Friday, May 9, 2014

Nancy Malone Dead at 78

Actress, TV director and Emmy-winning producer died Thursday at City of Hope hospital in Duarte, Calif., of pneumonia that arose from complications attributed to a recent battle with leukemia. She was 79.

Malone was born March 19, 1935, on Long Island. She began her career at age 7 as a model and appeared in ads for Kellogg’s cereal, Ford cars and Macy’s. At 10, Malone was chosen for the cover of Life magazine's 10th anniversary issue, “The Typical American Girl.”

She was in the cast of the very first CBS daytime soap opera, The First Hundred Years, playing Margy Martin.

At 15 she made her Broadway debut as the title character in "Time Out for Ginger."

Malone played Robin in The Guiding Light from 1961-63. She also starred as Libby Kingston, the girlfriend of young detective Adam Flint (Paul Burke), in 51 episodes of Naked City, the gritty docudrama that aired on ABC from 1958-63. She collected an Emmy Award nomination in 1963 for her work on the show.

The New York native won her Emmy (shared with Linda Hope and Don Mischer) in 1993 for producing the special Bob Hope: The First 90 Years. She also earned two other noms for directing for the series The Trials of Rosie O’Neill on CBS and Sisters on NBC.

In 1975, Malone produced her first telefilm, NBC's Winner Take All, then joined Fox as director of TV development. Soon, she was promoted to vice president of television, putting her at an unprecedented level at a major studio.

Around this time, Malone co-founded Women in Film, the nonprofit organization dedicated to helping women advance in the entertainment, communication and media industries. In 1977, she was awarded one of the first Crystal Awards by WIF.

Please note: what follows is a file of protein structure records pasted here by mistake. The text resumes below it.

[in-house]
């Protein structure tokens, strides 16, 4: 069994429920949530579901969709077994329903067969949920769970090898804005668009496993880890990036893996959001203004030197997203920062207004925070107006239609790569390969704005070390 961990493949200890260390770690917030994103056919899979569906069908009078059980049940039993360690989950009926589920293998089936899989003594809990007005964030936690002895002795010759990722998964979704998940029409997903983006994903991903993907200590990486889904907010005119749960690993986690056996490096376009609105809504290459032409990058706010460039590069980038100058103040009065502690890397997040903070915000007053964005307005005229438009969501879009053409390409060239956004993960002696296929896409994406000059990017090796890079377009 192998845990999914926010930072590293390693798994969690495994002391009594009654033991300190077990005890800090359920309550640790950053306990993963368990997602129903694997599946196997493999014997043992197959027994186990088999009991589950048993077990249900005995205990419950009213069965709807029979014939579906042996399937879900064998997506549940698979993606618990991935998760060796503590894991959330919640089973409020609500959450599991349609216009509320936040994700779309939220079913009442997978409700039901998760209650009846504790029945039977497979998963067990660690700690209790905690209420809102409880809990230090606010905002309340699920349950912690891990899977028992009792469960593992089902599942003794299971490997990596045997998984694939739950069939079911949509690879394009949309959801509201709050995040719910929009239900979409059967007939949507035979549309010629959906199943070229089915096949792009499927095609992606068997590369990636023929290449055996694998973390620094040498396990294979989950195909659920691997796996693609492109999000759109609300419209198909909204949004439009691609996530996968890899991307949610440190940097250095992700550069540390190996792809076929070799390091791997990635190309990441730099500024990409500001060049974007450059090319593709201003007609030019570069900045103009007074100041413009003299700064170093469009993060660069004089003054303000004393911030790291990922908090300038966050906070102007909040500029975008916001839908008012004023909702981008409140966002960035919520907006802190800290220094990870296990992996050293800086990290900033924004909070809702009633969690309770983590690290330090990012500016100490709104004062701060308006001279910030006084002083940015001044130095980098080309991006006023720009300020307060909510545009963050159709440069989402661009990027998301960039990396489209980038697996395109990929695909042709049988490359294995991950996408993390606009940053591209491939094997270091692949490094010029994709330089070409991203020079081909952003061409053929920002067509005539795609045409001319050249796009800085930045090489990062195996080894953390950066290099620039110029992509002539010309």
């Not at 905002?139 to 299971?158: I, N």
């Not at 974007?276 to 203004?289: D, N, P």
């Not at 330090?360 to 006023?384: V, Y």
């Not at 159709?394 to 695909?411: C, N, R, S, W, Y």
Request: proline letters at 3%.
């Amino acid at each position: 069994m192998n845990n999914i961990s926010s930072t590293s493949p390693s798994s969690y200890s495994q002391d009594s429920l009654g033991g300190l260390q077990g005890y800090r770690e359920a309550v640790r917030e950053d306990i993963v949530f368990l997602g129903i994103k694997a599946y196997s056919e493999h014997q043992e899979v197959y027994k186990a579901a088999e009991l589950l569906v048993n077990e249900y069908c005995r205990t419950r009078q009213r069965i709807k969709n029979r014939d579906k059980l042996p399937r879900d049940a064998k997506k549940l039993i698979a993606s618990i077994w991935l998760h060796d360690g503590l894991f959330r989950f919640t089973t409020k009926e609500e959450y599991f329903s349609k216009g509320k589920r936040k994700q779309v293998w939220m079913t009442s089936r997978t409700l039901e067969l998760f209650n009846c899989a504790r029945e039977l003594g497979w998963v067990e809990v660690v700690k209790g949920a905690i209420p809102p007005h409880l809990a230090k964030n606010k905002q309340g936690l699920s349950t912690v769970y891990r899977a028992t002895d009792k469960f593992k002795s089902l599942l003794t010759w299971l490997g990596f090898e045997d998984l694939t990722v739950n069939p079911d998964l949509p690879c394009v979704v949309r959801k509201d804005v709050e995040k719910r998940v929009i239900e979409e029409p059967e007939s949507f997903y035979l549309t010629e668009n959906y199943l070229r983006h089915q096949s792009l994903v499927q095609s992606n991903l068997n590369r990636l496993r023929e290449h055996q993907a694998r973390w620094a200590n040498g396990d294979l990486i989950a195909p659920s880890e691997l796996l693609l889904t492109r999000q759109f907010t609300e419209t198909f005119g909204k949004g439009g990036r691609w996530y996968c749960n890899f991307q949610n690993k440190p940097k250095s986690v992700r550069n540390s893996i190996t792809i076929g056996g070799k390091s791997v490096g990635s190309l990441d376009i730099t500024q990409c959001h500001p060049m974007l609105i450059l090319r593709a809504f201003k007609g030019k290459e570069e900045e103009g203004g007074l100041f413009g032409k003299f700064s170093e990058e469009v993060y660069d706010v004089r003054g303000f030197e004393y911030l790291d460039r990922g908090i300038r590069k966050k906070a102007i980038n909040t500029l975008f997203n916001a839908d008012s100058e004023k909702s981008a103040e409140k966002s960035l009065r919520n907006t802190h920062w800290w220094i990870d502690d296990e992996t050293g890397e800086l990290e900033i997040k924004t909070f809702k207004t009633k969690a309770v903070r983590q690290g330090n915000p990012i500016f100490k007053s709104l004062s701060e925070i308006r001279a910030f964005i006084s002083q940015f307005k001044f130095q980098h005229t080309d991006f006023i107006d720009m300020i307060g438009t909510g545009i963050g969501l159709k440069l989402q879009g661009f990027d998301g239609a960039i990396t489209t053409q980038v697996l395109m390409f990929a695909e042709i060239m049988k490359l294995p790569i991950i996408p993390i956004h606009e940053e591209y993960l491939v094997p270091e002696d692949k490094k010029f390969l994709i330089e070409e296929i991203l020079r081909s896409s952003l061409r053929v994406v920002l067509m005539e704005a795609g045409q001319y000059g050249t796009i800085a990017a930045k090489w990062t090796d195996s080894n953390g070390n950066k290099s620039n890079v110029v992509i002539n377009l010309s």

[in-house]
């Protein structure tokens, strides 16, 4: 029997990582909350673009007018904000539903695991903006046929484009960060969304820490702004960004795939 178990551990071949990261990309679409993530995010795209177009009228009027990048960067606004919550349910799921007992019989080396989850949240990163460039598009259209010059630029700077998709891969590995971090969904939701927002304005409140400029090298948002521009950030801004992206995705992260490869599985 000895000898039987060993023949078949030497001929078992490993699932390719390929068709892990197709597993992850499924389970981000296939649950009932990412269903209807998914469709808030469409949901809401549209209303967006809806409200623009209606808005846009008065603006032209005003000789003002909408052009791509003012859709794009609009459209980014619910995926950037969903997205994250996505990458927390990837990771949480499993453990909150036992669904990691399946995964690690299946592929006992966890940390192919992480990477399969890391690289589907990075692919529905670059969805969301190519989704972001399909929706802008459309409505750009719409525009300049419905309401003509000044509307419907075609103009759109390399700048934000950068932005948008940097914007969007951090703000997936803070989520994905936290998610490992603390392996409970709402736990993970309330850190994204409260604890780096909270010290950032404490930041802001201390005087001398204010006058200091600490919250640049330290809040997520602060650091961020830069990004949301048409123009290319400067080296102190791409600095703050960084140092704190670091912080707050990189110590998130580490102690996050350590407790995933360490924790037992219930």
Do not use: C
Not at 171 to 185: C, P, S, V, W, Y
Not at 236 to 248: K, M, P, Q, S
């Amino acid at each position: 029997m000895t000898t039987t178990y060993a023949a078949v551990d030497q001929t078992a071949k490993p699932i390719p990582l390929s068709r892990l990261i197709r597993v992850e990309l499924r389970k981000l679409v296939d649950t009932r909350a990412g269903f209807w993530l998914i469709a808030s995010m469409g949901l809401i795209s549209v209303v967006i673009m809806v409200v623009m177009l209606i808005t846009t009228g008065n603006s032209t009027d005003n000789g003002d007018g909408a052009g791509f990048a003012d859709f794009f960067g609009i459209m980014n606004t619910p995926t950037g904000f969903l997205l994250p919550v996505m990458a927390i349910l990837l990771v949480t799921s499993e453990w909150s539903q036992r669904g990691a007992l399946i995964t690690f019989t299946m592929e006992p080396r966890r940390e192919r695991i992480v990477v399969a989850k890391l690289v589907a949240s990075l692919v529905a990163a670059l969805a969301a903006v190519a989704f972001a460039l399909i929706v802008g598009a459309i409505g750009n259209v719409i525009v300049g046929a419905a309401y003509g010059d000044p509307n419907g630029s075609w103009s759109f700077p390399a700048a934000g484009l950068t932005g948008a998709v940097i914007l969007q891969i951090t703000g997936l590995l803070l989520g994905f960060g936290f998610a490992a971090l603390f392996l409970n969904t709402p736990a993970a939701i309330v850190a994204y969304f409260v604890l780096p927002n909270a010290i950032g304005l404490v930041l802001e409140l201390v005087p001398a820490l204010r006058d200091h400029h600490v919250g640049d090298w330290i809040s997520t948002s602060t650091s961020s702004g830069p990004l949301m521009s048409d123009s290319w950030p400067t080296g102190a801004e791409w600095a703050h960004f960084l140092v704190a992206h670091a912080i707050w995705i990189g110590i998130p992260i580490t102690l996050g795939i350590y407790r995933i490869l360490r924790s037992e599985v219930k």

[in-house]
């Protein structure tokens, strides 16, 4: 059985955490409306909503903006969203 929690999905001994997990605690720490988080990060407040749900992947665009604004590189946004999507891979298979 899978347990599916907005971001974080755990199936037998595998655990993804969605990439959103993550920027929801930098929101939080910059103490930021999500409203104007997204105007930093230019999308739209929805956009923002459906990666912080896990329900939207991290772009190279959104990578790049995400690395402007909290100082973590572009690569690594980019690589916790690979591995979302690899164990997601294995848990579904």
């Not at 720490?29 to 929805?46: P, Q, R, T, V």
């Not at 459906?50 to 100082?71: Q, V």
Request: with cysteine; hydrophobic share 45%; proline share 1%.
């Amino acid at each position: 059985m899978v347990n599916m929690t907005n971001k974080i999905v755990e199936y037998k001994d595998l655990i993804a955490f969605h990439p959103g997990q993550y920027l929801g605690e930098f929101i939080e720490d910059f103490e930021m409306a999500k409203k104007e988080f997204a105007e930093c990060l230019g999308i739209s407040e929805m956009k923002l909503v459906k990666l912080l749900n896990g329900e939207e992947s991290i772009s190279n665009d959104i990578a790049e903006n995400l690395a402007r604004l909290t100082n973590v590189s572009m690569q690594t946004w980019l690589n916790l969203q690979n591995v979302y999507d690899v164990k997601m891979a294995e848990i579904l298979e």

Malone also appeared on such TV shows as Bonanza, The Fugitive, The Partridge Family, Big Valley, The Rockford Files, Outer Limits, Dr. Kildare, The Andy Griffith Show, Hawaii Five-0, The Twilight Zone and Lou Grant and worked opposite Burt Reynolds in the 1973 film The Man Who Loved Cat Dancing.

In 1975, Malone established Lilac Productions, which produced such telefilms as Sherlock Holmes in New York (1976), with Roger Moore, Patrick Macnee and John Huston; Like Mom, Like Me (1978) starring Linda Lavin; and The Violation of Sarah McDavid (1981), with Patty Duke.

In the 1980s, Malone completed the American Film Institute’s Directing Workshop for Women and then helmed the 1985 PBS telefilm There Were Times, Dear, starring Jones and Len Cariou. The first film about Alzheimer’s disease, it was used as a fundraiser by Alzheimer’s chapters around the country and raised nearly $3 million to combat the disease.

In 1985, Malone directed an episode of Dynasty, after which she became a staff director at Aaron Spelling Productions and helmed installments of Hotel, Melrose Place and Beverly Hills, 90210.

In addition to Sisters and Rosie O'Neill, she directed episodes of Knots Landing, Cagney & Lacey, Star Trek: Voyager, Touched by an Angel, Dawson’s Creek, Judging Amy, Starman and Resurrection Blvd.

Malone is survived by Linda Hope, her colleague and longtime friend who is the adoptive daughter of Bob Hope and his wife Dolores.

In lieu of flowers, donations can be made to the City of Hope, to the Directing Workshop for Women at AFI or to the Performing Animals Welfare Society.

1 comment:

  1. My thoughts are with her family, friends and many fans....I am so sorry for your loss. As for ms Malone may you rest in will be missed :(